After attending a BEEC teacher waste workshop staff at Bemboka Public School began instantly implementing waste reduction strategies at the school. When BEEC arrived to conduct the waste audit the ‘Waste Warriors’ of Bemboka Public School were already sorting their waste into 5 streams – landfill, recycling, return and earn, soft plastics and organics. Amazing work Bemboka Public School! Each of the bins was audited to determine the contamination rates in the bins. The students found that there was no contamination in the organics bin and the recycling bin (fantastic result!) – but there was contamination in the soft plastics bin and the return and earn bin. The landfill bin also had items that could have been composted, recycled or sent to soft plastic recycling – so items that are not really waste. The students decided that the main focus for their action plans should be getting the right thing in the right bin. They all thought that this was a problem worth solving. Some of the students had even designed, filmed and created a fantastic video to show BEEC staff during the second workshop at school – and they plan on creating more short films to show at school.
What have we done so far:
- Formed a waste team – ‘Waste Warriors’
- Completed a waste audit with BEEC
- Completed an action plan workshop with BEEC
What are our biggest problems with waste:
- Students not always sorting into the right bin
What are we going to do to reduce the amount of waste to landfill?
- Introduce bin monitors to help students make the correct choice about bins
- Create two instructional videos – one to play to older students and one to play to younger students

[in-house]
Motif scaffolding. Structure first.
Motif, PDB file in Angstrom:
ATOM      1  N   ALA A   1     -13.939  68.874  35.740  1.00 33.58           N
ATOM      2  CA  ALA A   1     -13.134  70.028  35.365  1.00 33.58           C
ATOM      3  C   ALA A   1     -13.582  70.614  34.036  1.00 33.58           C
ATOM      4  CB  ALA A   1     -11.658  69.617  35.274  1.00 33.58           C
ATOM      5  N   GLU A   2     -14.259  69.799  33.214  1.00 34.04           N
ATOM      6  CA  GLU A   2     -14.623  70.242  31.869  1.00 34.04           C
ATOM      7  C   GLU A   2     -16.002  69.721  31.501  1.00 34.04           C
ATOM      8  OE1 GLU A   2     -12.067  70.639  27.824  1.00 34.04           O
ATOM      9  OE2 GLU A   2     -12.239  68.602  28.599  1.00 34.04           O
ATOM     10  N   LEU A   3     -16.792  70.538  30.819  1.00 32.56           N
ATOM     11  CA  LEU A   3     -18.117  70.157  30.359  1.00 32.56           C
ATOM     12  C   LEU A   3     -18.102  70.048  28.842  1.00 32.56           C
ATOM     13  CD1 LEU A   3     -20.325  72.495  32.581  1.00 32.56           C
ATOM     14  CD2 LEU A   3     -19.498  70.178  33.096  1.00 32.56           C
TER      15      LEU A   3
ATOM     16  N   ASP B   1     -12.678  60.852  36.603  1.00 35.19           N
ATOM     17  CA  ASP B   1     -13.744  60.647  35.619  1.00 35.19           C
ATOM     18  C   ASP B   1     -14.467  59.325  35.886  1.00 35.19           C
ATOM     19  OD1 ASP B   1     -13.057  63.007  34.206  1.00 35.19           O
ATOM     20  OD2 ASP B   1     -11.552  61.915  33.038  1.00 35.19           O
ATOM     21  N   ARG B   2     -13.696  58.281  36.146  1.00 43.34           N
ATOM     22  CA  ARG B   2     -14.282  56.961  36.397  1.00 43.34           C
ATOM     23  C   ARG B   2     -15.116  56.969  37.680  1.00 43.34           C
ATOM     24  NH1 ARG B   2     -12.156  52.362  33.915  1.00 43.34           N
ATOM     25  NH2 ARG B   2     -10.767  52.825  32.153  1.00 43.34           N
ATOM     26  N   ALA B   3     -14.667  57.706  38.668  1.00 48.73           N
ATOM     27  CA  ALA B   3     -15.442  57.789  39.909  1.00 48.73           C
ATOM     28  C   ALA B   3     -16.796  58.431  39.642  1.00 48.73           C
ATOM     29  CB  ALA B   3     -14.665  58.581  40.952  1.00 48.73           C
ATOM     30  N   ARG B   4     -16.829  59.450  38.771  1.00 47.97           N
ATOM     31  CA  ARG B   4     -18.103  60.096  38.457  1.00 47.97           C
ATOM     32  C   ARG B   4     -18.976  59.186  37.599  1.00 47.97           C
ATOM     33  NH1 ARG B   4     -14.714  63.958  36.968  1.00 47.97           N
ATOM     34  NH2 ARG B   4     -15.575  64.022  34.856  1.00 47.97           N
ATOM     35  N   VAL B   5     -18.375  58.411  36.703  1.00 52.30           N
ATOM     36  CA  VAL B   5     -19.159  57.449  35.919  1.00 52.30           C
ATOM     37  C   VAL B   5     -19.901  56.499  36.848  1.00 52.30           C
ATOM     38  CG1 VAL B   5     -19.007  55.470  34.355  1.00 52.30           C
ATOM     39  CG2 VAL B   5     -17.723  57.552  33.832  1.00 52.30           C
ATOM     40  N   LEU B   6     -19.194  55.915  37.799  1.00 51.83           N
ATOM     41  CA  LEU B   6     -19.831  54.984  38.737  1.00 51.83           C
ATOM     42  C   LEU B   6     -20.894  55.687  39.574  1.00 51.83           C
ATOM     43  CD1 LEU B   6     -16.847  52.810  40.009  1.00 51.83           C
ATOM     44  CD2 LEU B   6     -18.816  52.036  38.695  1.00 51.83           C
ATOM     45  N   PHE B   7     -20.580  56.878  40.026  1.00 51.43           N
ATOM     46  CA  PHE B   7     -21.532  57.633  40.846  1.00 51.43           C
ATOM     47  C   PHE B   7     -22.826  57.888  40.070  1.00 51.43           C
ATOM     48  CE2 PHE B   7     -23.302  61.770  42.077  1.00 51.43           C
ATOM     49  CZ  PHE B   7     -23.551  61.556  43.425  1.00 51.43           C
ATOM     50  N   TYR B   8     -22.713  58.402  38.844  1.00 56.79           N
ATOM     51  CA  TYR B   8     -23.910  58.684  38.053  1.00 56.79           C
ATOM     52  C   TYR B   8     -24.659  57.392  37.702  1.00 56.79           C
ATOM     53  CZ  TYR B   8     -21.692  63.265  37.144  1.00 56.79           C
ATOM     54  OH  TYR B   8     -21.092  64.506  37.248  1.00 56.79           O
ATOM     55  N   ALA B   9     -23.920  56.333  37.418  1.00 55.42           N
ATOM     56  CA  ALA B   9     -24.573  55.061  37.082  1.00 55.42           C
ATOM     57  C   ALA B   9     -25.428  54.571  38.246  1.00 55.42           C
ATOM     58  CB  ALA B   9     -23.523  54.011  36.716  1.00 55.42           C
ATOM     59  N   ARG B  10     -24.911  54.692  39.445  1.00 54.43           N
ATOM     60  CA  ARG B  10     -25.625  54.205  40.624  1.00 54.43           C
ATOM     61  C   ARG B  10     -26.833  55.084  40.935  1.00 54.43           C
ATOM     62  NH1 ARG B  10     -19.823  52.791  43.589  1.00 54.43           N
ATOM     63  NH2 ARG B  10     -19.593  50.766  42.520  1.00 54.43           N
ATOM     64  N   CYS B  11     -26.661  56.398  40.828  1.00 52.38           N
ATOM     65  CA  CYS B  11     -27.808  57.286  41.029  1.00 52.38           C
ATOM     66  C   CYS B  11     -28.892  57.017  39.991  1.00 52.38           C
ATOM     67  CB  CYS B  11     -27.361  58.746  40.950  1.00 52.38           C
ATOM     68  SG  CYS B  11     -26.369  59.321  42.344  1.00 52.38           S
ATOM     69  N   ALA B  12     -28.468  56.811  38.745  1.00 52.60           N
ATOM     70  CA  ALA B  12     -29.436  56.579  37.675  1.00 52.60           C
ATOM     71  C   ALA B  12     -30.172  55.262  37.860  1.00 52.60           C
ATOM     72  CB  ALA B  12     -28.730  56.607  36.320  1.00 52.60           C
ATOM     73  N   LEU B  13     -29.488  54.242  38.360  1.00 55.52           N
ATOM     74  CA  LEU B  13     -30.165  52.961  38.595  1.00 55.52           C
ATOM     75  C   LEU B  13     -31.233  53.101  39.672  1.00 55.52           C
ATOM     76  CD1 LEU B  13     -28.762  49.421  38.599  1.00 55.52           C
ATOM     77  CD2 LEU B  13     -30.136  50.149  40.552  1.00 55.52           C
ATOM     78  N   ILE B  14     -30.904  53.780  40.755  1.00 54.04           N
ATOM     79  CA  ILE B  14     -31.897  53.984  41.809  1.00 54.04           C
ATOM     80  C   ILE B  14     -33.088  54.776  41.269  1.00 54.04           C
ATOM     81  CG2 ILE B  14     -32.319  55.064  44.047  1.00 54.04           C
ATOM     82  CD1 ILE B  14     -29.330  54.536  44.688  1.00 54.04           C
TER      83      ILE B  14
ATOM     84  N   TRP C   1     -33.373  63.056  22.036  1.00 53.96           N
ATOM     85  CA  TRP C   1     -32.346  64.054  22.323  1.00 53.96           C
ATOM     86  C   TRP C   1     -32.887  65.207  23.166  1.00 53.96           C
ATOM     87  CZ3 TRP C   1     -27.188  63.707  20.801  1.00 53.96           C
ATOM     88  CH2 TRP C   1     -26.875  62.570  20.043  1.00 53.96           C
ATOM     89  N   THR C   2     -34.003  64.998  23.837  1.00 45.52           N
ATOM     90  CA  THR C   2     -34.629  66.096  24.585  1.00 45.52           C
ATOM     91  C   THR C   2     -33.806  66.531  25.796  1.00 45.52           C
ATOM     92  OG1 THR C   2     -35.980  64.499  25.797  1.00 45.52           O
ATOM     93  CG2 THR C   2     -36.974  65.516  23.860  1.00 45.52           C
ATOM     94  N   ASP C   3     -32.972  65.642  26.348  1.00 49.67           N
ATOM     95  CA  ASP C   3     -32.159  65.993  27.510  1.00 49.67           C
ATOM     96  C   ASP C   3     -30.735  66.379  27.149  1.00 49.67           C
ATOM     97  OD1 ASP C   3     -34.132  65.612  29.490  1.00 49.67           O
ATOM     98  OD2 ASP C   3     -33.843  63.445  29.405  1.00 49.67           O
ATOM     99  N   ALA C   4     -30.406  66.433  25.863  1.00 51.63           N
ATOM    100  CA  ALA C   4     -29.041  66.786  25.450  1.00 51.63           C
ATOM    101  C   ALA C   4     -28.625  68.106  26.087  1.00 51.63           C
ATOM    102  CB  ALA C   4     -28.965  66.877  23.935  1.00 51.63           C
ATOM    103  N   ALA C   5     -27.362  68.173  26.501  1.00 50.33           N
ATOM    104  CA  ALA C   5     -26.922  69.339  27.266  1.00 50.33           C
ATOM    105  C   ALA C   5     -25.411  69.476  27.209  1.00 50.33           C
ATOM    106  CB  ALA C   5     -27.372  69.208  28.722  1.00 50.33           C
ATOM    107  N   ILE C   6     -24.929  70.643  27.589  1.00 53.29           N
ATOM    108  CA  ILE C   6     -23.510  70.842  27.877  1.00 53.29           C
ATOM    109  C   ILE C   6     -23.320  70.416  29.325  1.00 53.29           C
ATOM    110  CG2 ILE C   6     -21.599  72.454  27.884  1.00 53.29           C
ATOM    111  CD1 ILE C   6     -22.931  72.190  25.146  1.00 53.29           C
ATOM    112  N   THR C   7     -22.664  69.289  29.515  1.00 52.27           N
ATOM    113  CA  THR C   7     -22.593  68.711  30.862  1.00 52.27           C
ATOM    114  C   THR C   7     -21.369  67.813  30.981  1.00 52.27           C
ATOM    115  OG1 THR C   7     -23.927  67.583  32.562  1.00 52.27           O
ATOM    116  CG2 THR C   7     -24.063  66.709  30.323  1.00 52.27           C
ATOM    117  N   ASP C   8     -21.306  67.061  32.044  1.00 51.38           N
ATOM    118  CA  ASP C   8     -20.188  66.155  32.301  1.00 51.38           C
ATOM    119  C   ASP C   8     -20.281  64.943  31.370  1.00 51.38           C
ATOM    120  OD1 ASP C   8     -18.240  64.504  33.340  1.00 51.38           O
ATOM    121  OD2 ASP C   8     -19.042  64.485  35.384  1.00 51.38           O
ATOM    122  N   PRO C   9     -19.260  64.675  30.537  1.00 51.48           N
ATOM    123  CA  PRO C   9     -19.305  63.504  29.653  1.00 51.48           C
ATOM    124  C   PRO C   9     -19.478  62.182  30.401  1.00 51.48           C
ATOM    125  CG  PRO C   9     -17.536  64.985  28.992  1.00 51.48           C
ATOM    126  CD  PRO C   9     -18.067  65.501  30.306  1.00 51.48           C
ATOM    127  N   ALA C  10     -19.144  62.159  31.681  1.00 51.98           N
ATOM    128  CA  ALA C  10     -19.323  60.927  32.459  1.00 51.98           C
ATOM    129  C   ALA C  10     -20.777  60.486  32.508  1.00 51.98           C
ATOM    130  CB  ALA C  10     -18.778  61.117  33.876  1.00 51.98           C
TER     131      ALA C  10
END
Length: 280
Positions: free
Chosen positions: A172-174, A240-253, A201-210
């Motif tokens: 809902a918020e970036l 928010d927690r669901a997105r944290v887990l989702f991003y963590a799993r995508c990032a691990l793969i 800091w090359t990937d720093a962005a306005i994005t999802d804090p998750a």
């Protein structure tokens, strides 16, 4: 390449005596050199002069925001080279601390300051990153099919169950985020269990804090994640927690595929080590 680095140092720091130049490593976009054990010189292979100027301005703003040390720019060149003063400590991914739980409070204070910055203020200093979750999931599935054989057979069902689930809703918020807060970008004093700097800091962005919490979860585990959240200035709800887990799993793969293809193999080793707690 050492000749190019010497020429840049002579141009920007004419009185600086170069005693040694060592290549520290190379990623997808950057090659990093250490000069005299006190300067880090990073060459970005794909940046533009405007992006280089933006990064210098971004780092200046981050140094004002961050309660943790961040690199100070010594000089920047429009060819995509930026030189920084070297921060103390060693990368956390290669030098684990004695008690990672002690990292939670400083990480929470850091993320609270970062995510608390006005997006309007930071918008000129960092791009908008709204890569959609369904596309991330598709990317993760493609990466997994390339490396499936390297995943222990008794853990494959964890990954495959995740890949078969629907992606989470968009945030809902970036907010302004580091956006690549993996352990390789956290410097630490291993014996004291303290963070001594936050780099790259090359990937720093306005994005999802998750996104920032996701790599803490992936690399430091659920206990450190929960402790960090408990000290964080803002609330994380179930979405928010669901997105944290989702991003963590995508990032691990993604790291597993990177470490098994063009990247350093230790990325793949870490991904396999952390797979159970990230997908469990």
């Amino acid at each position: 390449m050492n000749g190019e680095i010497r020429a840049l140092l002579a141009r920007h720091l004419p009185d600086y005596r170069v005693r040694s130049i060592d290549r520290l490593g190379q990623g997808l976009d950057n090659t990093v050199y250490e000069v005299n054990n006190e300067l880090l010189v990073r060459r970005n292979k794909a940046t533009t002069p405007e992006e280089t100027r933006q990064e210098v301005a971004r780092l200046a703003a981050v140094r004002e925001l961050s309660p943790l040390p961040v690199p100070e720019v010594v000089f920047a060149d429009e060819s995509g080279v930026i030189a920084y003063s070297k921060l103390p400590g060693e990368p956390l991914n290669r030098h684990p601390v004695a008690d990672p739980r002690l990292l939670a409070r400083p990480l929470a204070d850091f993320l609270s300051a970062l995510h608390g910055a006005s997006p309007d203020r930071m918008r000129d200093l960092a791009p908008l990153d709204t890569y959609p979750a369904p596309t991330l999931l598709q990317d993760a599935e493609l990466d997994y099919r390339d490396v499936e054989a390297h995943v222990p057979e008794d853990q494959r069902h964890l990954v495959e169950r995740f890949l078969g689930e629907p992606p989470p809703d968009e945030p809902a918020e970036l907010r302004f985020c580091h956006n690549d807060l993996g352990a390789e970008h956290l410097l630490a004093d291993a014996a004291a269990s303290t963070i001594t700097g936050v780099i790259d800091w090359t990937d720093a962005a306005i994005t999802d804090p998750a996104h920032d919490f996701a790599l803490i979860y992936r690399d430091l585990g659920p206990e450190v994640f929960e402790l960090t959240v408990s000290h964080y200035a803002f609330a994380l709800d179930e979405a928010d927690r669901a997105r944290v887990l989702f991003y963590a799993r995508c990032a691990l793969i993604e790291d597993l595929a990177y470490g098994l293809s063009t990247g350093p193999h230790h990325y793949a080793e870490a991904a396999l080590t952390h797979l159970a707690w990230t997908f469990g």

- Waste Warriors to educate students in each class and at assemblies
- Waste Warriors to create educational games to play with younger students, and to play with the new kindergarten students when they arrive next year
- Provide 5 bins for waste sorting in the playground and classrooms (recycling, organic, soft plastic, return and earn and landfill)
- Purchase outdoor equipment made from soft plastics to educate about closing the loop and reward students for collecting soft plastics
Term 1 2020
Bemboka Public School was granted funding from the Bega Valley Shire Council to support it’s action plans for improving waste management at school.
The school received funding for recycled plastic outdoor furniture to educate the students about closing the loop in recycling, extra bins for sorting and collecting waste and equipment for bin monitors.
The project is already changing the students behaviour around waste with an increase in students talking about the correct thing to do with your waste, more students actively wanting to help solve the waste problem and a decrease in litter seen around the school. It is hoped by the end of the program that all students at the school will know exactly what to do with their waste and to sort all their waste correctly.
Term 3, 2020
The waste warriors at Bemboka Public School completed their final waste audit on the 1st September, 2020. The changes the students have made at the school were evident even before we began the audit!
The results of the audit found:
- 69% of the waste audited in the first audit was landfill waste. This had decreased to 25% of the waste audited in the second audit.
- 3.5% of the waste audited in the first audit was recycling. This had increased to 57% of the waste audited in the second audit.
- bin contamination in the first audit was as high as 57% for the return and earn bin in the first audit. This decreased to 20% by the second audit (see graph below).
- overall, there was less contamination in the five bins the students sort their waste into (see graph below).
- there was no food scraps left in the soft plastics (in the first audit some of the soft plastic bags had food still in them).
The school has also reported:
- they have reduced the number of landfill bins from 2 per week, to 1 per week – and this bin is sometimes only half full.
- they have already raised $267.25 from return and earn for 2020.
- they have purchased a recycled plastic seat for their playground – saving 16,000 plastic bags from ending up in landfill.